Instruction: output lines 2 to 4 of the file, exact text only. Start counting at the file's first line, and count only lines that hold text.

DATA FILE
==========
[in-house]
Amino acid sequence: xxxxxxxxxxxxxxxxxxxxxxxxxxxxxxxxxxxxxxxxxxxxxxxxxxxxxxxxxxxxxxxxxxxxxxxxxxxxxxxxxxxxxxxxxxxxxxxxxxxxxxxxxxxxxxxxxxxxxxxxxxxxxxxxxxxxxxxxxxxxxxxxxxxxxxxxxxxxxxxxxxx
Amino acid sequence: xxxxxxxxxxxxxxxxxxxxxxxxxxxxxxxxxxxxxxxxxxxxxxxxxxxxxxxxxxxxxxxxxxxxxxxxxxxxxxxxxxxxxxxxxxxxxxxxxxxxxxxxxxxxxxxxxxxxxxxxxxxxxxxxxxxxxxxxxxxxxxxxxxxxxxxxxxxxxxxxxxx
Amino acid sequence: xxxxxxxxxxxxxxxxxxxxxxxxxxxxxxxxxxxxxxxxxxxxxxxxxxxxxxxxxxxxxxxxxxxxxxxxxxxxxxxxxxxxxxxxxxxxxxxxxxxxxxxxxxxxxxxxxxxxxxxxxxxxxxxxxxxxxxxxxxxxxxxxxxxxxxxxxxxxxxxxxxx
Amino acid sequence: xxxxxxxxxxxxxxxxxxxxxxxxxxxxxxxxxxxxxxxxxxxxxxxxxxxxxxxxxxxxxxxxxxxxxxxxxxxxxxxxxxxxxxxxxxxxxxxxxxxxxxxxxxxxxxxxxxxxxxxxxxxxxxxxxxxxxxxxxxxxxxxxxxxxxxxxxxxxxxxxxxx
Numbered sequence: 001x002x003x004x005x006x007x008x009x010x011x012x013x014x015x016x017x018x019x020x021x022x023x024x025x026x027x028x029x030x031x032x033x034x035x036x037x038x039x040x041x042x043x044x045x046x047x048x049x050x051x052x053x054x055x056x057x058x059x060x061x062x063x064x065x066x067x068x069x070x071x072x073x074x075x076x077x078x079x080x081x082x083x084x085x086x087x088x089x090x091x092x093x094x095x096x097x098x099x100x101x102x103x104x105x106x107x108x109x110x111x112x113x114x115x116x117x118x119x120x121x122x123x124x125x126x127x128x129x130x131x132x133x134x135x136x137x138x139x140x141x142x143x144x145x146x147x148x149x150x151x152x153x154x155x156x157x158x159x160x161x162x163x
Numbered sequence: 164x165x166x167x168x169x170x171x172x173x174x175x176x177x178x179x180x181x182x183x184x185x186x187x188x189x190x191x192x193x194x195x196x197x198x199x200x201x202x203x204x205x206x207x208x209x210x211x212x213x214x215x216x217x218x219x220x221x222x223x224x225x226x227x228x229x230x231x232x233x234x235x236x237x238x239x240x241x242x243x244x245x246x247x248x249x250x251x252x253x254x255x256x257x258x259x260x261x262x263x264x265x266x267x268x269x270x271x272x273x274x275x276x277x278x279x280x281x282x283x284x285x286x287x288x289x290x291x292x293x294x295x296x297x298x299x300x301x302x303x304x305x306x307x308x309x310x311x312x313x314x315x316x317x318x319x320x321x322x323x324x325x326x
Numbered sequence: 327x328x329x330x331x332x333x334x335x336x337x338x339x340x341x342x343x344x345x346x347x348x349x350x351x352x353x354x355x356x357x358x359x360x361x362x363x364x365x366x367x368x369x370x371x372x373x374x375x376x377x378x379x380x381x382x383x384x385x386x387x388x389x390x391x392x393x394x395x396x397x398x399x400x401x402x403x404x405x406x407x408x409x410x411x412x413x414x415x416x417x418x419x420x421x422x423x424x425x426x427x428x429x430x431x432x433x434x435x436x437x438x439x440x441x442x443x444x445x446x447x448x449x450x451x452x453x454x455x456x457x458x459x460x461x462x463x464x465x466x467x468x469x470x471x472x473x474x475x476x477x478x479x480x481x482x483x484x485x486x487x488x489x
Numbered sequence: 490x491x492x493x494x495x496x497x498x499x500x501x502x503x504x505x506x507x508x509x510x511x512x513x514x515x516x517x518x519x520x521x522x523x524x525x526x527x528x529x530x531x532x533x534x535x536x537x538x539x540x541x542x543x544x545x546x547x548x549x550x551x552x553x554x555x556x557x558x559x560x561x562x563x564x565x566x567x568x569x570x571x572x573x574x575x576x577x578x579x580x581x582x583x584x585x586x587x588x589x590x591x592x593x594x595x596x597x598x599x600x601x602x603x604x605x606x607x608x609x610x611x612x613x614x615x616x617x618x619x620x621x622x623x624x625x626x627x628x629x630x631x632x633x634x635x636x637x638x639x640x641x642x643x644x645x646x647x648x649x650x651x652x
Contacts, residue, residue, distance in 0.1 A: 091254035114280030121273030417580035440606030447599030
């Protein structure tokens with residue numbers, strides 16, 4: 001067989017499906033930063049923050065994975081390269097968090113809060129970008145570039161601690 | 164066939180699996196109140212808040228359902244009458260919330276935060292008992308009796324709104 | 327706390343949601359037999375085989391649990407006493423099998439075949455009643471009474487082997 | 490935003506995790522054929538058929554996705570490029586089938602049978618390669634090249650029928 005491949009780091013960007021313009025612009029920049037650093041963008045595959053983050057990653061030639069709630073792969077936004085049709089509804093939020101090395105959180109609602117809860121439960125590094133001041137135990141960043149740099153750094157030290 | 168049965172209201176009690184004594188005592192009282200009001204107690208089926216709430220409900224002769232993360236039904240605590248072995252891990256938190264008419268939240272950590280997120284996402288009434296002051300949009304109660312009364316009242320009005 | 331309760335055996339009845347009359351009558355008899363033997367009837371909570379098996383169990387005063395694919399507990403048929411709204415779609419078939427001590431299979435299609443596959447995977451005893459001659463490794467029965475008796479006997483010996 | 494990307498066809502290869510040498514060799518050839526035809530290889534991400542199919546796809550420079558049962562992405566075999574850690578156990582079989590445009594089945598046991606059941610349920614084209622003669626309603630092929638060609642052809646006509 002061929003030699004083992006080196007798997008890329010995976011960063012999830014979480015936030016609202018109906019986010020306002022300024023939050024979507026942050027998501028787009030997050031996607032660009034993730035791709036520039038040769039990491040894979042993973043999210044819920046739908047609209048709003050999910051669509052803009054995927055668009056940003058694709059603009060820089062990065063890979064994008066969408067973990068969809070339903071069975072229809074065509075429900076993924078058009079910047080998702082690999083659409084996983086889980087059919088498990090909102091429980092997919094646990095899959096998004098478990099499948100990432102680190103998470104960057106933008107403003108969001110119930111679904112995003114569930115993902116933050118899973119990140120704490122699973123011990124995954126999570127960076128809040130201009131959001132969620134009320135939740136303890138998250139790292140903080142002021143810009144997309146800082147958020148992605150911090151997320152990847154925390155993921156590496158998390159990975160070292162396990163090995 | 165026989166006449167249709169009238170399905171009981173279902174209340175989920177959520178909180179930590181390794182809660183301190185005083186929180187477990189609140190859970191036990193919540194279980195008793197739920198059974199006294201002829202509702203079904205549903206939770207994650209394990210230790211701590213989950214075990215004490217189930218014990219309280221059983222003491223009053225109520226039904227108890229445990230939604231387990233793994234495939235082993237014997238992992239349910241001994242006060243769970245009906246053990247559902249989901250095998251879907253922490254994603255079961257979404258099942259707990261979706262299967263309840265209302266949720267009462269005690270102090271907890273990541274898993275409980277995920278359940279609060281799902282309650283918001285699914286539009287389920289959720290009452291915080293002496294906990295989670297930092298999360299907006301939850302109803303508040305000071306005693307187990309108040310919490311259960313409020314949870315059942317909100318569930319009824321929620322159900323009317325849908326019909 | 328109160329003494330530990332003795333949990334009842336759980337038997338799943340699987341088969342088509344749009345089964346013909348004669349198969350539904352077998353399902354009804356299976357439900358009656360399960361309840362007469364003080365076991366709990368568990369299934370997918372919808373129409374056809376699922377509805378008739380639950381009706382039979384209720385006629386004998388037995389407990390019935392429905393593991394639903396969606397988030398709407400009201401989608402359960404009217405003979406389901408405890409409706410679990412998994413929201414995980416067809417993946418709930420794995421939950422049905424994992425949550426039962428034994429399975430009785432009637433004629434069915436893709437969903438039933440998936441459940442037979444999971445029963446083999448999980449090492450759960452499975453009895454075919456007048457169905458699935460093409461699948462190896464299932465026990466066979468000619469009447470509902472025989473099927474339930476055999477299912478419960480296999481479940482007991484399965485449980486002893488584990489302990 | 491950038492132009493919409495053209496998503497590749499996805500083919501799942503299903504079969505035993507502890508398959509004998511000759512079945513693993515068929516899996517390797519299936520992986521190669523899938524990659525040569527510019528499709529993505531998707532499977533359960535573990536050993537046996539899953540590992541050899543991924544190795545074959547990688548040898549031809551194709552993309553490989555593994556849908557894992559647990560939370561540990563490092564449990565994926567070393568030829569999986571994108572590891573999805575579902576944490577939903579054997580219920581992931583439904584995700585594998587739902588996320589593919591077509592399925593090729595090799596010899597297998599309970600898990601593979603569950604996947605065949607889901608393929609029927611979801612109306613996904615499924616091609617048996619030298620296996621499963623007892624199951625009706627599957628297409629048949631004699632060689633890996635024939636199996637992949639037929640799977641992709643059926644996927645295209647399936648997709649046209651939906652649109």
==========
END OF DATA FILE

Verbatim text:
Amino acid sequence: xxxxxxxxxxxxxxxxxxxxxxxxxxxxxxxxxxxxxxxxxxxxxxxxxxxxxxxxxxxxxxxxxxxxxxxxxxxxxxxxxxxxxxxxxxxxxxxxxxxxxxxxxxxxxxxxxxxxxxxxxxxxxxxxxxxxxxxxxxxxxxxxxxxxxxxxxxxxxxxxxxx
Amino acid sequence: xxxxxxxxxxxxxxxxxxxxxxxxxxxxxxxxxxxxxxxxxxxxxxxxxxxxxxxxxxxxxxxxxxxxxxxxxxxxxxxxxxxxxxxxxxxxxxxxxxxxxxxxxxxxxxxxxxxxxxxxxxxxxxxxxxxxxxxxxxxxxxxxxxxxxxxxxxxxxxxxxxx
Amino acid sequence: xxxxxxxxxxxxxxxxxxxxxxxxxxxxxxxxxxxxxxxxxxxxxxxxxxxxxxxxxxxxxxxxxxxxxxxxxxxxxxxxxxxxxxxxxxxxxxxxxxxxxxxxxxxxxxxxxxxxxxxxxxxxxxxxxxxxxxxxxxxxxxxxxxxxxxxxxxxxxxxxxxx